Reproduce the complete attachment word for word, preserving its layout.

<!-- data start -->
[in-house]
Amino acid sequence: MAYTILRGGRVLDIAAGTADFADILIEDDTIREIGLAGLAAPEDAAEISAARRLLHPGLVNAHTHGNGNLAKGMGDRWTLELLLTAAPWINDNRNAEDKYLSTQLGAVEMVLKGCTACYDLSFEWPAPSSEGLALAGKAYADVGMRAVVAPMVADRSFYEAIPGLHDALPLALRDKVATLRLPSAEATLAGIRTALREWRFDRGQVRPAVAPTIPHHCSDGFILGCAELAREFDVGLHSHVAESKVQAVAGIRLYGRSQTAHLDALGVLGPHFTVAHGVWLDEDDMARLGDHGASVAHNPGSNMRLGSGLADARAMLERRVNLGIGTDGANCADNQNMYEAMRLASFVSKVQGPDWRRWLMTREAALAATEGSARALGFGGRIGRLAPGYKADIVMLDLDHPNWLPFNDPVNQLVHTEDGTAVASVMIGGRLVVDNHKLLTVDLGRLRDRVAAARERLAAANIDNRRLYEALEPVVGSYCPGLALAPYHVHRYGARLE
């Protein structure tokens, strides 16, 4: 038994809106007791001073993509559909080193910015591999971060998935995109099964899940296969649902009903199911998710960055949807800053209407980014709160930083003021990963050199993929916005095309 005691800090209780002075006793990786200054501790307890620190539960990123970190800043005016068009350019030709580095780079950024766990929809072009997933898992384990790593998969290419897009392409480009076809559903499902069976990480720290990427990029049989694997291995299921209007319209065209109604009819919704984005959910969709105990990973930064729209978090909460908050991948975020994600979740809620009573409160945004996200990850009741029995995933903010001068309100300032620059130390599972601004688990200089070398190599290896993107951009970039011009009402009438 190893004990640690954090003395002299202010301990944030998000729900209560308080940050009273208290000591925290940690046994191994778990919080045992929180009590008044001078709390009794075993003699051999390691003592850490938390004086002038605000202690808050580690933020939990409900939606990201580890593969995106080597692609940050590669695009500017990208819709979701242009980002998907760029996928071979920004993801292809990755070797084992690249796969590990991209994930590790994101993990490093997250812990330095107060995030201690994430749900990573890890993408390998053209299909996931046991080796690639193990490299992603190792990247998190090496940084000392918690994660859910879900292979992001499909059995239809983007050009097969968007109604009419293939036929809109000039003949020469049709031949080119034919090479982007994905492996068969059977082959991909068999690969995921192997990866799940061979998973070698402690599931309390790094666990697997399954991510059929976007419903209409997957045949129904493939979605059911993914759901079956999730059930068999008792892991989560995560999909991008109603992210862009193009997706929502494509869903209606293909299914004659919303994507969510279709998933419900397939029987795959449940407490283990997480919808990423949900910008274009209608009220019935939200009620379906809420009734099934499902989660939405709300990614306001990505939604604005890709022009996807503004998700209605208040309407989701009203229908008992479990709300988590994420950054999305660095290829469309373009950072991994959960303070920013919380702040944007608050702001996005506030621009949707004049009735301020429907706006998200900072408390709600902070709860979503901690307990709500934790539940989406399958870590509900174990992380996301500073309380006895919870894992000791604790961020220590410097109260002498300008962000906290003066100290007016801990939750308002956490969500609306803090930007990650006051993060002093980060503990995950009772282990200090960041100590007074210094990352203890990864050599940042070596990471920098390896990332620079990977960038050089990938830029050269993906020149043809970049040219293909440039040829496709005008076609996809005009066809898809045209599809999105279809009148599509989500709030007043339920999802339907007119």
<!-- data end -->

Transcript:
[in-house]
Amino acid sequence: MAYTILRGGRVLDIAAGTADFADILIEDDTIREIGLAGLAAPEDAAEISAARRLLHPGLVNAHTHGNGNLAKGMGDRWTLELLLTAAPWINDNRNAEDKYLSTQLGAVEMVLKGCTACYDLSFEWPAPSSEGLALAGKAYADVGMRAVVAPMVADRSFYEAIPGLHDALPLALRDKVATLRLPSAEATLAGIRTALREWRFDRGQVRPAVAPTIPHHCSDGFILGCAELAREFDVGLHSHVAESKVQAVAGIRLYGRSQTAHLDALGVLGPHFTVAHGVWLDEDDMARLGDHGASVAHNPGSNMRLGSGLADARAMLERRVNLGIGTDGANCADNQNMYEAMRLASFVSKVQGPDWRRWLMTREAALAATEGSARALGFGGRIGRLAPGYKADIVMLDLDHPNWLPFNDPVNQLVHTEDGTAVASVMIGGRLVVDNHKLLTVDLGRLRDRVAAARERLAAANIDNRRLYEALEPVVGSYCPGLALAPYHVHRYGARLE
């Protein structure tokens, strides 16, 4: 038994809106007791001073993509559909080193910015591999971060998935995109099964899940296969649902009903199911998710960055949807800053209407980014709160930083003021990963050199993929916005095309 005691800090209780002075006793990786200054501790307890620190539960990123970190800043005016068009350019030709580095780079950024766990929809072009997933898992384990790593998969290419897009392409480009076809559903499902069976990480720290990427990029049989694997291995299921209007319209065209109604009819919704984005959910969709105990990973930064729209978090909460908050991948975020994600979740809620009573409160945004996200990850009741029995995933903010001068309100300032620059130390599972601004688990200089070398190599290896993107951009970039011009009402009438 190893004990640690954090003395002299202010301990944030998000729900209560308080940050009273208290000591925290940690046994191994778990919080045992929180009590008044001078709390009794075993003699051999390691003592850490938390004086002038605000202690808050580690933020939990409900939606990201580890593969995106080597692609940050590669695009500017990208819709979701242009980002998907760029996928071979920004993801292809990755070797084992690249796969590990991209994930590790994101993990490093997250812990330095107060995030201690994430749900990573890890993408390998053209299909996931046991080796690639193990490299992603190792990247998190090496940084000392918690994660859910879900292979992001499909059995239809983007050009097969968007109604009419293939036929809109000039003949020469049709031949080119034919090479982007994905492996068969059977082959991909068999690969995921192997990866799940061979998973070698402690599931309390790094666990697997399954991510059929976007419903209409997957045949129904493939979605059911993914759901079956999730059930068999008792892991989560995560999909991008109603992210862009193009997706929502494509869903209606293909299914004659919303994507969510279709998933419900397939029987795959449940407490283990997480919808990423949900910008274009209608009220019935939200009620379906809420009734099934499902989660939405709300990614306001990505939604604005890709022009996807503004998700209605208040309407989701009203229908008992479990709300988590994420950054999305660095290829469309373009950072991994959960303070920013919380702040944007608050702001996005506030621009949707004049009735301020429907706006998200900072408390709600902070709860979503901690307990709500934790539940989406399958870590509900174990992380996301500073309380006895919870894992000791604790961020220590410097109260002498300008962000906290003066100290007016801990939750308002956490969500609306803090930007990650006051993060002093980060503990995950009772282990200090960041100590007074210094990352203890990864050599940042070596990471920098390896990332620079990977960038050089990938830029050269993906020149043809970049040219293909440039040829496709005008076609996809005009066809898809045209599809999105279809009148599509989500709030007043339920999802339907007119």